Although the email has more than appropriately been discredited, HNN readers can judge the inaccuracy of the email for themselves. The Miller Center of Public Affairs at the University of Virginia provides access to Roosevelt's December, 1941, "Day of Infamy" speech in its entirety in both an audio and transcribed format. To access the original speech in either format click here.
This is the version of the email HNN received:
The Omission From the New WWII Memorial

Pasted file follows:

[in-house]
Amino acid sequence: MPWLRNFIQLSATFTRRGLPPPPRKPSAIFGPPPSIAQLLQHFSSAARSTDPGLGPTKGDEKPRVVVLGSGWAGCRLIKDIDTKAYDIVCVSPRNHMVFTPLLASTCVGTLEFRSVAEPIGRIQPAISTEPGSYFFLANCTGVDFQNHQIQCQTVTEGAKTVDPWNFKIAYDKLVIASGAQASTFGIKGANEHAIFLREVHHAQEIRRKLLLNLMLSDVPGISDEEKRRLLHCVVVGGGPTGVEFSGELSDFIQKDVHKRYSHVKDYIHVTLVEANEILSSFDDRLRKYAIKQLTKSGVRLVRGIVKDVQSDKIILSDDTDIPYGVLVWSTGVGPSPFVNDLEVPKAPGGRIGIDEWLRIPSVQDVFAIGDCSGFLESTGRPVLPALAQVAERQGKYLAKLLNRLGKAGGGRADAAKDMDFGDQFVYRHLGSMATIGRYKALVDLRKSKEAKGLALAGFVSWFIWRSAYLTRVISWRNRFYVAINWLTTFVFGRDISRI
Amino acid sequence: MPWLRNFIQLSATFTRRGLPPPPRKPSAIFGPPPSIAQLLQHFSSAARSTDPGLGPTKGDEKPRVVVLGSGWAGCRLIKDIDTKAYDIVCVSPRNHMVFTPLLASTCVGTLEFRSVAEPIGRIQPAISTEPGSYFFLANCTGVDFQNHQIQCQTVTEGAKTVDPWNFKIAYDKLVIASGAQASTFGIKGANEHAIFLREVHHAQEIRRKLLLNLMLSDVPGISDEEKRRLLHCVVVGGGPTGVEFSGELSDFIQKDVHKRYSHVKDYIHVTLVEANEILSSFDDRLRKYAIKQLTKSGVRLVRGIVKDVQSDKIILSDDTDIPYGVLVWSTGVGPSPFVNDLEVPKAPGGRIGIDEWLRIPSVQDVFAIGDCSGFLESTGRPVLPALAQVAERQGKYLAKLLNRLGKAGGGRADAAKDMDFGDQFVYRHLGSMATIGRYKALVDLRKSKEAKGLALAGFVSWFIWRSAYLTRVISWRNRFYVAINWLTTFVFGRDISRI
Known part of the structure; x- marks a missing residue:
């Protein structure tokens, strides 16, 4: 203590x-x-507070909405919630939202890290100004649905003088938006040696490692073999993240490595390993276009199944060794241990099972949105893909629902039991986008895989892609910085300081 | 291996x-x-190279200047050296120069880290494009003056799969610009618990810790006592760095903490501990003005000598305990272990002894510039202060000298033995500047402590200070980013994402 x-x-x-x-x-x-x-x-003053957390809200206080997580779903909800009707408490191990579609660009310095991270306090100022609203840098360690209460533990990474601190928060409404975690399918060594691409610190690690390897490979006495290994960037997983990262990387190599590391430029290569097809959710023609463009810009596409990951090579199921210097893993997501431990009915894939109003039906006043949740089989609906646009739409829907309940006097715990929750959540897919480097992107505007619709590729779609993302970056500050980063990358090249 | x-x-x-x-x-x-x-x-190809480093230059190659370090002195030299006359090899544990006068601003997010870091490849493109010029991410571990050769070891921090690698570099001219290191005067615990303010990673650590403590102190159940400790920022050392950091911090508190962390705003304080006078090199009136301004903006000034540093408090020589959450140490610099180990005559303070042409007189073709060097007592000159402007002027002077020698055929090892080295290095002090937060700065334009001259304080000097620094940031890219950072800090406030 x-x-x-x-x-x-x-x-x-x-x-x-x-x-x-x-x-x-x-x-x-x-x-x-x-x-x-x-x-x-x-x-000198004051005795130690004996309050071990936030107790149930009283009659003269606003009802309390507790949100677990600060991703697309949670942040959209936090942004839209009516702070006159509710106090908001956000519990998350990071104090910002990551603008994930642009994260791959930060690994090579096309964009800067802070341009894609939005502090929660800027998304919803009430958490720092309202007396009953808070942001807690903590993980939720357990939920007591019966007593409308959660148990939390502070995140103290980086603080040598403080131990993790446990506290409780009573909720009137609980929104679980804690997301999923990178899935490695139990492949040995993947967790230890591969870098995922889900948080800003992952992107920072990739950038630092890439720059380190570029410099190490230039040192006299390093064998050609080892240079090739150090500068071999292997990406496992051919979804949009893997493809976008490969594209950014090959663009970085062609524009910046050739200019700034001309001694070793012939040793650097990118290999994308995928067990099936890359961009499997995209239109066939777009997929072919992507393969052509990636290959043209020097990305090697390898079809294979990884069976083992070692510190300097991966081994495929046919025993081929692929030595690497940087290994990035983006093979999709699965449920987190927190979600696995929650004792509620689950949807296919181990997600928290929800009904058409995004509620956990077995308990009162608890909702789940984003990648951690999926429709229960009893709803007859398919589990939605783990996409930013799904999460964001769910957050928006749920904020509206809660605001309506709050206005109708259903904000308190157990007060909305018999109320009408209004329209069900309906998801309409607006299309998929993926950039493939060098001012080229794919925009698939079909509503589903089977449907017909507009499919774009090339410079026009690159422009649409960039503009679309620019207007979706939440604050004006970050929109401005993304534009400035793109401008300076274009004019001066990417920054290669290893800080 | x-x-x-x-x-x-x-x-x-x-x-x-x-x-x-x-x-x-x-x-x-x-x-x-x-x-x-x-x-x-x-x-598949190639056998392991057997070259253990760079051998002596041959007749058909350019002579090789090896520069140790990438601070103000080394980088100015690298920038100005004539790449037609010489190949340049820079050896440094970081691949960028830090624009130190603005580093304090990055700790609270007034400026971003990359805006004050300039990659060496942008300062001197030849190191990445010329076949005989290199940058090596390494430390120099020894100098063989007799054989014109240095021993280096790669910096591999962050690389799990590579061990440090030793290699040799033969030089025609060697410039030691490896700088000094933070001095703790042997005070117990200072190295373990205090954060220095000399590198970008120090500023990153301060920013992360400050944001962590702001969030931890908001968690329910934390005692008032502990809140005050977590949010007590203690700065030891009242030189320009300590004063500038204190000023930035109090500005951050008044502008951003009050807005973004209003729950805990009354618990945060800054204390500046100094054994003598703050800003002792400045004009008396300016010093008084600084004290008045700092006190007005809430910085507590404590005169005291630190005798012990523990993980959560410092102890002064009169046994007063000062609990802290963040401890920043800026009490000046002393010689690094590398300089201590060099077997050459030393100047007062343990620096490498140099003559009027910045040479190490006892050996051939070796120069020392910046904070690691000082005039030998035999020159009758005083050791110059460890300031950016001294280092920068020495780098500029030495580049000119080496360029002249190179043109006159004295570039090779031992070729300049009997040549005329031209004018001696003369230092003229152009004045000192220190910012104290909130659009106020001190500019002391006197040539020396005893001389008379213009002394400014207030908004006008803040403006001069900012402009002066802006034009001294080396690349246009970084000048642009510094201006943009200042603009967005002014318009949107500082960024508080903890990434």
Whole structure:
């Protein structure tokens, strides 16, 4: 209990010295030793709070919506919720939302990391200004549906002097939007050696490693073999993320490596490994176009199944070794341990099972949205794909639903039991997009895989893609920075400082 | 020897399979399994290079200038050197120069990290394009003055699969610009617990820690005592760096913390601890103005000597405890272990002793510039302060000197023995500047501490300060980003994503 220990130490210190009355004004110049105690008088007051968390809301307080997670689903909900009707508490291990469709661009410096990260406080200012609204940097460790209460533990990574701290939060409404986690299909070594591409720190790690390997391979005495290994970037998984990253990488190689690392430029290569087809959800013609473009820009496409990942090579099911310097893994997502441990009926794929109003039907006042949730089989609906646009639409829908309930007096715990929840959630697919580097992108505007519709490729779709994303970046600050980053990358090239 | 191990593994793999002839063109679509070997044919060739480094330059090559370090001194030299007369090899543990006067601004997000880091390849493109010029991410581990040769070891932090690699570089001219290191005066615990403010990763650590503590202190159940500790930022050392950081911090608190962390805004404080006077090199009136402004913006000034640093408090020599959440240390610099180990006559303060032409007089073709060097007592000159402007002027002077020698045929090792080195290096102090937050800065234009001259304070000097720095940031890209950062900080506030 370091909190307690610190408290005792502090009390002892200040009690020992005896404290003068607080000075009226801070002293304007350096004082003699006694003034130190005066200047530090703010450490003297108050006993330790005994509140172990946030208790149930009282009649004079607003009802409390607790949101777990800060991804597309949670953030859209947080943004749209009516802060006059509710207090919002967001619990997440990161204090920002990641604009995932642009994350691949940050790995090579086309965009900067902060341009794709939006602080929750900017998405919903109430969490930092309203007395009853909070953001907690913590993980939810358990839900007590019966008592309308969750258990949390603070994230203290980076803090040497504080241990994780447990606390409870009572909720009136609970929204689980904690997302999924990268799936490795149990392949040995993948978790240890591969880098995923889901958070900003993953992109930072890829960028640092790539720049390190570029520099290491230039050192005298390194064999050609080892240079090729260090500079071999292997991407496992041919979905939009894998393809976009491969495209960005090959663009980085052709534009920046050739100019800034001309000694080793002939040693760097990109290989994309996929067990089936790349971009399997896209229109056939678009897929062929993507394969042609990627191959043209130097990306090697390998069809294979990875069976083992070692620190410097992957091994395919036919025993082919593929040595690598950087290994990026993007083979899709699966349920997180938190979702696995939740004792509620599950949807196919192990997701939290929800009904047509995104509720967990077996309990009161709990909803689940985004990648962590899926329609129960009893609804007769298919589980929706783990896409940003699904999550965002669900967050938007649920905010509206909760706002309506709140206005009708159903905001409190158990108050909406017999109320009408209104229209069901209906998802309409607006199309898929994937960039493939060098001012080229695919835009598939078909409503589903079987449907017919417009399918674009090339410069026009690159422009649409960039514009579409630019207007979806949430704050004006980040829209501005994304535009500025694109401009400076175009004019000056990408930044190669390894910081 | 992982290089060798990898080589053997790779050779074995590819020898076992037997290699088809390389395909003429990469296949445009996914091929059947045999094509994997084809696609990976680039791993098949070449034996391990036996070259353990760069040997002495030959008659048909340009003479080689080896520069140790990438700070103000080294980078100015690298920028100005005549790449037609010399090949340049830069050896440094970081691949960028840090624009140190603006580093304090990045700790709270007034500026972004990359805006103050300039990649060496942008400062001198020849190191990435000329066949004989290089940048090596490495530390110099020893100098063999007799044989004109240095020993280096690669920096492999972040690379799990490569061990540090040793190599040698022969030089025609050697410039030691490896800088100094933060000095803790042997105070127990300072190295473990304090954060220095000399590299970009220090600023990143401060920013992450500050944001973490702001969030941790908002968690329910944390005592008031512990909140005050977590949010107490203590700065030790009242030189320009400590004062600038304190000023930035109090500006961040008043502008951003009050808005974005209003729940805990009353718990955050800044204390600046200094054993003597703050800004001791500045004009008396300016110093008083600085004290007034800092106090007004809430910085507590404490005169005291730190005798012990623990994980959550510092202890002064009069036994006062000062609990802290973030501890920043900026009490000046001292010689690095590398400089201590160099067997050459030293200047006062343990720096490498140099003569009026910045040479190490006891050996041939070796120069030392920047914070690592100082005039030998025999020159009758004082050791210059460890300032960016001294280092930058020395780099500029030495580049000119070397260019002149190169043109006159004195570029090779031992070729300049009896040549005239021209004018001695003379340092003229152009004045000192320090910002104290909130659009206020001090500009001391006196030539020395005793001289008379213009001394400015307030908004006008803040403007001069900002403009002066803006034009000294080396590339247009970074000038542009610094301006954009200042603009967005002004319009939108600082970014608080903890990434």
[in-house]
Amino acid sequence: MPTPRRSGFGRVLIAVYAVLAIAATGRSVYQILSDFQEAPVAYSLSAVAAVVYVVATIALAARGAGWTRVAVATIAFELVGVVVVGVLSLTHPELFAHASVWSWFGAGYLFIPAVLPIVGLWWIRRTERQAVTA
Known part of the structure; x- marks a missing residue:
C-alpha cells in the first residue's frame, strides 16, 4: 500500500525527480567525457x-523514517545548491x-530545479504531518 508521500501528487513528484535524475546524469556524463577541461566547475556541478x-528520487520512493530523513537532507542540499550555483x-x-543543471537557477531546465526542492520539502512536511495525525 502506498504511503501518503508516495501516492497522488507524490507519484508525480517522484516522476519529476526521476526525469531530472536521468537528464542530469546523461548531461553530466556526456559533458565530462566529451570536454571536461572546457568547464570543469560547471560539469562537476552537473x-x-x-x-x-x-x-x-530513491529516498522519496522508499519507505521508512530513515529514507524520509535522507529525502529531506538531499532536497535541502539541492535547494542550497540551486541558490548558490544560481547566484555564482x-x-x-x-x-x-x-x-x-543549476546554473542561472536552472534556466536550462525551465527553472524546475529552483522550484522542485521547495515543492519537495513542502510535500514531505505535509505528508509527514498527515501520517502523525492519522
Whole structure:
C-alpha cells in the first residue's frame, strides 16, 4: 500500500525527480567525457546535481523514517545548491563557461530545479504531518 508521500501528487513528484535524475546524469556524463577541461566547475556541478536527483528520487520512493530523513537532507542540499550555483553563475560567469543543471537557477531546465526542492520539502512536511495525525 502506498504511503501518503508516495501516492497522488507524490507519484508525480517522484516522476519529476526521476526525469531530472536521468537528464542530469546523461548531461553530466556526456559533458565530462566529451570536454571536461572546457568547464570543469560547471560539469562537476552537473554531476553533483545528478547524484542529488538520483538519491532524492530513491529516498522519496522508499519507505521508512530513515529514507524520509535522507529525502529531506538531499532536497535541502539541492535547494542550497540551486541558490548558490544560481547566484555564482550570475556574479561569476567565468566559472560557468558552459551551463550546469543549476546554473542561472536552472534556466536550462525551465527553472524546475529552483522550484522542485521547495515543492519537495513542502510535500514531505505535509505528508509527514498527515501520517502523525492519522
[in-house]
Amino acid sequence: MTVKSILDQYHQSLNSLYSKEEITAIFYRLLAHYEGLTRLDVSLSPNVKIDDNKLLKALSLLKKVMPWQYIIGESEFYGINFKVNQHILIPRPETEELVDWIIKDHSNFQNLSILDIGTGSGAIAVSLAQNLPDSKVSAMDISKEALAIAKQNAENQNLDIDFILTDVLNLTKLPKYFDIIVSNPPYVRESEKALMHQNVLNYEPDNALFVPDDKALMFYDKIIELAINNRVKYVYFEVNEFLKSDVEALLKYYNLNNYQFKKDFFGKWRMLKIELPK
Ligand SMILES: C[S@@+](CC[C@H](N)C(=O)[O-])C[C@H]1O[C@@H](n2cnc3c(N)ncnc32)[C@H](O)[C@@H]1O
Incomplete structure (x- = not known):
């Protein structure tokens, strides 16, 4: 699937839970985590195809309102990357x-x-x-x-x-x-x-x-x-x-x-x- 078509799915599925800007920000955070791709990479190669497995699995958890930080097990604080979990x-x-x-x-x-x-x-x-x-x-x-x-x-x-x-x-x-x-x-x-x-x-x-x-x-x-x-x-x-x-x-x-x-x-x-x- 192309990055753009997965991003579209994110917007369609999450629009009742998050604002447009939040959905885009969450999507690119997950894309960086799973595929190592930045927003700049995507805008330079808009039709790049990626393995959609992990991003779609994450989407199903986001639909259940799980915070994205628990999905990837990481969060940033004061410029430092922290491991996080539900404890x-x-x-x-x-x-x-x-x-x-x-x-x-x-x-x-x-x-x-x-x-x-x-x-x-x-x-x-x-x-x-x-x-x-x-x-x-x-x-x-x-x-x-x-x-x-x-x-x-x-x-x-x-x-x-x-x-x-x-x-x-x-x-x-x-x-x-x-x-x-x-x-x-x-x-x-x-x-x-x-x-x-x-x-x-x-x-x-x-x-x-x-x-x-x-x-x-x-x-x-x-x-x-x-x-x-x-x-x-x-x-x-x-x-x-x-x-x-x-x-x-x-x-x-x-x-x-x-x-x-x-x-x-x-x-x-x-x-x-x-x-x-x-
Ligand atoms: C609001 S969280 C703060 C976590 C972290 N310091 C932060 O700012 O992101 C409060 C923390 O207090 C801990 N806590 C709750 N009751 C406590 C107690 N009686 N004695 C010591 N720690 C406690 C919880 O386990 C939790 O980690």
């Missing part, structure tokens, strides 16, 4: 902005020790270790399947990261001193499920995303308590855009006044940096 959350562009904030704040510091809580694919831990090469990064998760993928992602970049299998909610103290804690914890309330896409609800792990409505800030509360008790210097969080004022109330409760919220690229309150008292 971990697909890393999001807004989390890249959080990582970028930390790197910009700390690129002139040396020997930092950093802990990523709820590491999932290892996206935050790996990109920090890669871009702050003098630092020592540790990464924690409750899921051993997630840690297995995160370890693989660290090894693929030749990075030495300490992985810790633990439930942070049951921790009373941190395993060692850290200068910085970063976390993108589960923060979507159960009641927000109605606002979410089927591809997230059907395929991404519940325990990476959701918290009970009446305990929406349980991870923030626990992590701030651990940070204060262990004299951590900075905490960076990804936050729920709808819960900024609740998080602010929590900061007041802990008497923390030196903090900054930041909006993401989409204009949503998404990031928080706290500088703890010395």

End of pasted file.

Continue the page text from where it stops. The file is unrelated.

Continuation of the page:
I don't care if you are a nonbeliever or not, one should not change the words of history. Today I went to visit the new World War II Memorial in Washington, DC. I got an unexpected history lesson. Since I'm a baby boomer, I was one of the youngest in the crowd. Most were the age of my parents, veterans of "the greatest war" with their families. It was a beautiful day, and people were smiling and happy to be there. Hundreds of us milled around the memorial, reading the inspiring words of Ike and Truman that are engraved there. On the Pacific side of the memorial, a group of us gathered to read the words President Roosevelt used to announce the attack on Pearl Harbor: "Yesterday, December 7, 1941-- a date which will live in infamy-- the United States of America was suddenly and deliberately attacked." One woman read the words aloud: "With confidence in our armed forces, with the unbounding determination of our people, we will gain the inevitable triumph." But as she read, she was suddenly angry. "Wait a minute," she said. "They left out the end of the quote. They left out the most important part. Roosevelt said "so help us God." "You're probably right," her husband said. "We're not supposed to say things like that now." "I know I'm right," she insisted. "I remember the speech." The two shook their heads sadly and walked away. Listening to their conversation, I thought to myself, "Well, it has been 50 years. She's probably forgotten." But she was right. I went home and pulled out the book my book club is reading. It's "Flags of Our Fathers" by James Bradley. It's all about Iwo Jima. I haven't gotten too far in the book. It's tough to read because it's a graphic description of the battles in the Pacific. But right there it was on page 58. Roosevelt's speech to the nation. It ends "so help us God." The people who edited out that part of the speech when they engraved it on the memorial could have fooled me. I was born after the war. But they couldn't fool the people who were there. Roosevelt's words are engraved on their hearts. WHO GAVE THEM THE RIGHT TO CHANGE THE WORDS OF HISTORY????????? Send this around to your friends. People need to know before everyone forgets. People today are trying to change the history of America by leaving God out of it, but the truth is, God has been a part of this nation, since the beginning. He still wants to be.... If you can read this, thank a teacher. If you can read this in English, thank a soldier.